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GEICO Insurance Company appealed a trial court judgment entered in favor of plaintiffs Johnson Evans, Jimmy Smith, and Bernard Smith on plaintiffs' claims for damages resulting from an automobile accident caused by GEICO's insured, Bernard Grey. GEICO argued that the April 17, 2019, judgment entered against it was void because it did not receive notice of plaintiffs' claims against it or notice of the hearing on plaintiffs' claims. For their part, plaintiffs did not dispute that GEICO never received actual notice of any action pending against it in the present case. Instead, they argued GEICO had "constructive notice of potential litigation" because it had actual notice of Grey's accident involving plaintiffs -- which occurred in 2010 -- and that GEICO was aware that plaintiffs claimed to be injured by Grey's actions. The Alabama Supreme Court agreed with GEIDO that "constructive notice of potential litigation" clearly fell short of "even the most basic requirements of due process." Because it was undisputed GEICO never received notice of any claim pending against it, the April 17 judgment violated due process, and was therefore void. Because a void judgment would not support an appeal, the trial court was instructed to vacate its judgment, and GEICO's appeal was thus dismissed. View "GEICO Insurance Co. v. Evans" on Justia Law

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In 2013, a bus driven by Defendant Asia Partman struck Respondent Andrew Neumayer while he was a pedestrian in Cayce, South Carolina. EMS transported Neumayer to Lexington Medical Center where he was diagnosed with a ruptured spleen, broken left ribs, left humerus fracture, left pneumothorax, and a punctured lung. After eight days in the hospital and medical costs of approximately $122,000, Neumayer was released. Partman worked for Defendant Primary Colors Child Care Center, and in November of 2013, Neumayer filed a lawsuit against both defendants, alleging negligence against Partman and Primary Colors. The defendants did not answer or respond in any fashion, and after a default judgment was entered, the court held a damages hearing, where it awarded Neumayer $622,500. Over eighteen months after the entry of default, Philadelphia Indemnity Insurance Co. (Philadelphia), Primary Colors' insurance carrier, received notice that its insured was involved in a lawsuit that culminated in a default judgment. While the record was unclear as to why it took eighteen months to notify Philadelphia, it ultimately received notice when Neumayer's counsel faxed documents seeking to collect $622,500. Philadelphia declined to pay that amount, instead asserting its indemnification obligation was limited to $25,000 because South Carolina jurisprudence required an insurer to pay only the minimum limits when it was substantially prejudiced by its insured's failure to provide notice of a lawsuit. Further, Philadelphia contended the failure to receive notice of the underlying lawsuit prevented an opportunity to investigate and defend. Neumayer filed this declaratory judgment action asking the court to require Philadelphia to pay the judgment in full. At issue before the South Carolina Supreme Court was whether notice clauses in automobile insurance policies were rendered meaningless by Section 38-77-142(C) of the South Carolina Code (2015) . The trial court found the clause in this policy void and accordingly required the insurance company to pay the full default judgment entered against its insured. The insurer appealed. The Supreme Court determined the circuit court erred in ruling that section 38-77-142(C) invalidated the standard notice clause contained in this insurance policy. “An insurer may continue to invoke notice clauses to deny coverage above the statutory limits, providing the insurer can prove that it was substantially prejudiced by its insured's failure to comply with the provision.” View "Neumayer v. Philadelphia Indemnity" on Justia Law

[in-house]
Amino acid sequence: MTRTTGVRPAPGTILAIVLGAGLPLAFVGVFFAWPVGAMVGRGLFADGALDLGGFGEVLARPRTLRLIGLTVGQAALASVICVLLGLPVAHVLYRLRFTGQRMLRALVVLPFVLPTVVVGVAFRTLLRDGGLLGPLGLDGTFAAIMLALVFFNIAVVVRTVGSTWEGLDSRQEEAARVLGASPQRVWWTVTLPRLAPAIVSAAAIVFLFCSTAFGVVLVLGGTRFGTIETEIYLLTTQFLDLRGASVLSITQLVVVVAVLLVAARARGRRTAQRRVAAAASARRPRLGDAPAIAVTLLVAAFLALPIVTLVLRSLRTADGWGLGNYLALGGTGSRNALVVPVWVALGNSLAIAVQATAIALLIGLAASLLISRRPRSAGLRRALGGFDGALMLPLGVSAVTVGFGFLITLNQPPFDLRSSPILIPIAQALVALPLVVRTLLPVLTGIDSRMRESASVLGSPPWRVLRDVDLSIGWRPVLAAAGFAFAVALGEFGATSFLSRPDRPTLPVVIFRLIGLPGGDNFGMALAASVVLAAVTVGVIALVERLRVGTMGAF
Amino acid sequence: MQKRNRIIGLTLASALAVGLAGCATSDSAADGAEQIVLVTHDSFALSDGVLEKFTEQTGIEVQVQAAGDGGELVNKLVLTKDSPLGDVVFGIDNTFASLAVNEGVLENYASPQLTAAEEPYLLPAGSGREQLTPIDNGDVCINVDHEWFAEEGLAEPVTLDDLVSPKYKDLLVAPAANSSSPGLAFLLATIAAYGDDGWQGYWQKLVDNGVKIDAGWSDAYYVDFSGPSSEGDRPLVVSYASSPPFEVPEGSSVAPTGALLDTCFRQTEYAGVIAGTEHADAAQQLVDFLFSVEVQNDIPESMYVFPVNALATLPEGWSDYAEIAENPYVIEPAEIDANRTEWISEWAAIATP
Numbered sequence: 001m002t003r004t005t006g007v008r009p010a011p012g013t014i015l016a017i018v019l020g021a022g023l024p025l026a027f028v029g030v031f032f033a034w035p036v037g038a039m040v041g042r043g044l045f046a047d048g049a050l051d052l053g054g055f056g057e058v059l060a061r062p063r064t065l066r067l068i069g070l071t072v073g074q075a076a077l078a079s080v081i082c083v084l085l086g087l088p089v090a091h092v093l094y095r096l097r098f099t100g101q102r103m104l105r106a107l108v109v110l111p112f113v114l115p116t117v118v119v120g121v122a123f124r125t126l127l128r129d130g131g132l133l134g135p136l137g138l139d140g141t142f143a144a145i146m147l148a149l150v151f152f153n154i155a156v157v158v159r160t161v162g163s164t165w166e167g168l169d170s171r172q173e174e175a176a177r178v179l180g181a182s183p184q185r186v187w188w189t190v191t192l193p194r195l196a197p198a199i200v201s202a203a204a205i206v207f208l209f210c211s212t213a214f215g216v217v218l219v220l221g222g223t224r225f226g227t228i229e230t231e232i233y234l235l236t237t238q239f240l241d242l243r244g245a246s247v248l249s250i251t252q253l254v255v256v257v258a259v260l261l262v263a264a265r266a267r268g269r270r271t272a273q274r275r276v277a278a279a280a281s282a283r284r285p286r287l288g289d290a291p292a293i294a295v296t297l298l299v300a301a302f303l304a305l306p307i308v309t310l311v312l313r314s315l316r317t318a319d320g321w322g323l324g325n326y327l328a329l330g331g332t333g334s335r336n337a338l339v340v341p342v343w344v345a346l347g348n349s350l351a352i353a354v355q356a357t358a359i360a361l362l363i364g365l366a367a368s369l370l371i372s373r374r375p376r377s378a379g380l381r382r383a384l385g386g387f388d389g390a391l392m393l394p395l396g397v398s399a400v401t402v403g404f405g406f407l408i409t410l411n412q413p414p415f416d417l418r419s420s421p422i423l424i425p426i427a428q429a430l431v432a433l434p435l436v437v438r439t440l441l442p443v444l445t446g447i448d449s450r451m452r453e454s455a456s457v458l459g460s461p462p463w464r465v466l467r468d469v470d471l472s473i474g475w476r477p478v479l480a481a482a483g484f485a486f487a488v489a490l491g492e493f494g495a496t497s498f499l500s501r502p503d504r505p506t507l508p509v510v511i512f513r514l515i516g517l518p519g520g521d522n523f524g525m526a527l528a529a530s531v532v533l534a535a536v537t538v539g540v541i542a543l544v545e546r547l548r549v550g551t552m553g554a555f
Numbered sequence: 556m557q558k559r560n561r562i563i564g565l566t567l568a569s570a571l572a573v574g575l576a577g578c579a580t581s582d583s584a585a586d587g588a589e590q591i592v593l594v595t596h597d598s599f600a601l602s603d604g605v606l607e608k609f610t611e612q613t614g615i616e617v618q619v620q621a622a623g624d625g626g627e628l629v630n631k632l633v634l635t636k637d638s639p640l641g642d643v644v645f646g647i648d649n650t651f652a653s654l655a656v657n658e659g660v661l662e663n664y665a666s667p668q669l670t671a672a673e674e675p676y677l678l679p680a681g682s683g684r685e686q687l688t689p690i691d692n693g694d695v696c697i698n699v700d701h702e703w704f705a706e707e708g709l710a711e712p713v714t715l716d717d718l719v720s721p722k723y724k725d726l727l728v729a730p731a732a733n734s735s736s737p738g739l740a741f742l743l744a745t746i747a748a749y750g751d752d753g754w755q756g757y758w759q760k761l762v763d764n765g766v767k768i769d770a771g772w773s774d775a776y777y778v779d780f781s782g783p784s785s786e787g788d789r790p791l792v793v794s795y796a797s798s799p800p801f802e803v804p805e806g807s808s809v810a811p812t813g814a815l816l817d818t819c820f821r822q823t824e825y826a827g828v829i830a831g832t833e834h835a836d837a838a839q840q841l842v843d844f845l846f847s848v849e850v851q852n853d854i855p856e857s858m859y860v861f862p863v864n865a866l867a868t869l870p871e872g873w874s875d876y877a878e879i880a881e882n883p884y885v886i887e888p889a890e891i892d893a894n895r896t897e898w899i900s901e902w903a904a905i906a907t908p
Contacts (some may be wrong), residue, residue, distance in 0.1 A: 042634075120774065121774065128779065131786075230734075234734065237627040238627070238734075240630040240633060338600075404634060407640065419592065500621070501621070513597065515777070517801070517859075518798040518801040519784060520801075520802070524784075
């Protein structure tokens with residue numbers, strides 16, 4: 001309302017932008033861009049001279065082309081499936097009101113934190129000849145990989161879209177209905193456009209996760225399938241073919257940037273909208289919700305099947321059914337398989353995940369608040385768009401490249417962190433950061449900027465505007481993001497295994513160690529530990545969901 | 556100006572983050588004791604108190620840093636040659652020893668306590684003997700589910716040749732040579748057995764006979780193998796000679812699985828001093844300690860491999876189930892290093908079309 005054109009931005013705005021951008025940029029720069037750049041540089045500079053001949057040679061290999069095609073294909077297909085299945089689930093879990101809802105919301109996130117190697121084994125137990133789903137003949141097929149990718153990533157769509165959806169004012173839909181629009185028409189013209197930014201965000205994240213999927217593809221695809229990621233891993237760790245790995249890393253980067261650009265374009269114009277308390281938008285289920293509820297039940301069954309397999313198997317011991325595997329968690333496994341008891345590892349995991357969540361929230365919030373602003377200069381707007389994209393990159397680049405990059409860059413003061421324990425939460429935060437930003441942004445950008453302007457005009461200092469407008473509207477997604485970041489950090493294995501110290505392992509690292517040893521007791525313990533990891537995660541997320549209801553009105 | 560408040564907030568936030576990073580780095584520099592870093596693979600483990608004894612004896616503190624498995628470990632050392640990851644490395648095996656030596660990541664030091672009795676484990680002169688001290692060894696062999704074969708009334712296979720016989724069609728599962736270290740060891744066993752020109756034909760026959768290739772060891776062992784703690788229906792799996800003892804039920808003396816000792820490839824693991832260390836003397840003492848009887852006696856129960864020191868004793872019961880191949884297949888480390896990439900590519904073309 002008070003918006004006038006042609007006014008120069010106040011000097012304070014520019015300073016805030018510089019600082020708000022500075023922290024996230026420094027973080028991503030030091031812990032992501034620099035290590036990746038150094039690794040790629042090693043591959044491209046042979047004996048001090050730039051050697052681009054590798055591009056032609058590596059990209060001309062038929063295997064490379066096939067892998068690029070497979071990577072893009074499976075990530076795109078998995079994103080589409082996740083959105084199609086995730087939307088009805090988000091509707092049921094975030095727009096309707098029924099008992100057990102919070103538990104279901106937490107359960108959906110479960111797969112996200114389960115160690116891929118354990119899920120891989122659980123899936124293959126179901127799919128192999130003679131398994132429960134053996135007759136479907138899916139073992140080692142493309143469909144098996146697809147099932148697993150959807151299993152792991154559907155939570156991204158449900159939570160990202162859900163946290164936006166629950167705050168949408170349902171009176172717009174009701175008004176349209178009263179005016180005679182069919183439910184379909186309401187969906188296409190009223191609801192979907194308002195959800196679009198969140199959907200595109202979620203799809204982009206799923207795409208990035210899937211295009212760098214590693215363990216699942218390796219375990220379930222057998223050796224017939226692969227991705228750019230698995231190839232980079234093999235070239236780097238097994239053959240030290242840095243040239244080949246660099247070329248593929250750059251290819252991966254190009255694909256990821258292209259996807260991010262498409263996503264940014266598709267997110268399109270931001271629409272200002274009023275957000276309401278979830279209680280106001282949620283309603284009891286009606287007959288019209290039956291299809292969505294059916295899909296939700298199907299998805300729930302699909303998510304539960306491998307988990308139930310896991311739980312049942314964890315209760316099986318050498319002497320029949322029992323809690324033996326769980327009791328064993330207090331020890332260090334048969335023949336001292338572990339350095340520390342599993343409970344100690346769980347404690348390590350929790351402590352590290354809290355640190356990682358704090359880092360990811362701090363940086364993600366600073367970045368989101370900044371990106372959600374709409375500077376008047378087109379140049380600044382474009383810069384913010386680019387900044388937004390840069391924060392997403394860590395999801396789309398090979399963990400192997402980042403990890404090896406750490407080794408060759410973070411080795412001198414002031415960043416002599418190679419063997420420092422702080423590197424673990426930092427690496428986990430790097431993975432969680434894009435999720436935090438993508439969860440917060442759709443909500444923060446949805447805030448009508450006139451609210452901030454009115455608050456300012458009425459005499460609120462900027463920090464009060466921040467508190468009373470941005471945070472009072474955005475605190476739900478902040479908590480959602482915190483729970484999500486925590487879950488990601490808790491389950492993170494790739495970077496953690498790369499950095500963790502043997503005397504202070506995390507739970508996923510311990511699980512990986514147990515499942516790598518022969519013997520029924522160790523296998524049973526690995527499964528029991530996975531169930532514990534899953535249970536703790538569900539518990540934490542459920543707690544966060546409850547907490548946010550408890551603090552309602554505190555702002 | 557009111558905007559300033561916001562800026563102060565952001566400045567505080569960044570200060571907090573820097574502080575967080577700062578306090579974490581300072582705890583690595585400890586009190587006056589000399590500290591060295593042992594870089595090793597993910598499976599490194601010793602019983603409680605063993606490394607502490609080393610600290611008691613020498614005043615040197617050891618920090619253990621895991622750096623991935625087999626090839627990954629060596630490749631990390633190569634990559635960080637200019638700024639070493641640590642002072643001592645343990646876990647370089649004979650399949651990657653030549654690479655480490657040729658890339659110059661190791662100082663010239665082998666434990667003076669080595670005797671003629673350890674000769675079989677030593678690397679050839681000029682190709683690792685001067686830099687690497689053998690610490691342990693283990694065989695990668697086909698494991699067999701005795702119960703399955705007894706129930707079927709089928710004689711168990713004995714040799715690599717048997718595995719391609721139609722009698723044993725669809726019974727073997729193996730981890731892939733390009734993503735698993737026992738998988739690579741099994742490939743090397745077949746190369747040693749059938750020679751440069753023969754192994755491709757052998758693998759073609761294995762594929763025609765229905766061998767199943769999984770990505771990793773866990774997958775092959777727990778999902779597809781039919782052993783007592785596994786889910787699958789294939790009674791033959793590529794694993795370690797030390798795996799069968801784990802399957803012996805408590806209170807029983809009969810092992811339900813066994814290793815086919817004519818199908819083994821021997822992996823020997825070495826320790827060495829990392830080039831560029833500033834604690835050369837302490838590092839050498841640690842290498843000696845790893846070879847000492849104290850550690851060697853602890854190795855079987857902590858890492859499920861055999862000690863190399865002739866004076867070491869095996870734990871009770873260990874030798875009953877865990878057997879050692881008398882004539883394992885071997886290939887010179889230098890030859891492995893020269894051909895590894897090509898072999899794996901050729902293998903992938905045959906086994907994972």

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Javonne Hunt appealed a district court order requiring him to pay $27,501.86 in restitution to Blue Cross Blue Shield (“BCBS”). In 2017, Hunt was playing basketball at the YMCA in Bismarck, North Dakota when he was involved in an altercation with an opposing player. Hunt intentionally struck the opposing player in the jaw causing a bone fracture. Hunt was charged and subsequently found guilty by a jury of aggravated assault. Following his conviction, Hunt agreed to pay as restitution the out-of-pocket medical expenses incurred by the injured individual in the amount of $3,233.07. BCBS provided evidence that it had paid an additional $27,501.86 for the medical treatment of the injured individual under the injured individual’s policy of insurance. The district court applied N.D.C.C. 12.1-32-08(1) in granting restitution to BCBS and ordered Hunt to pay a total of $30,734.93; $3,233.07 for the conceded out-of-pocket costs plus the $27,501.86 claimed by BCBS. Hunt argued BCBS is precluded from recovery of its expenditures in the criminal proceedings because the definition of “victim” under N.D. Const. art. I, section 25 was incompatible with a recovery by a corporation under the criminal restitution statute, N.D.C.C. 12.1-32-08(1). The North Dakota Supreme Court found no reversible error in the district court’s judgment and affirmed the order. View "North Dakota v. Hunt" on Justia Law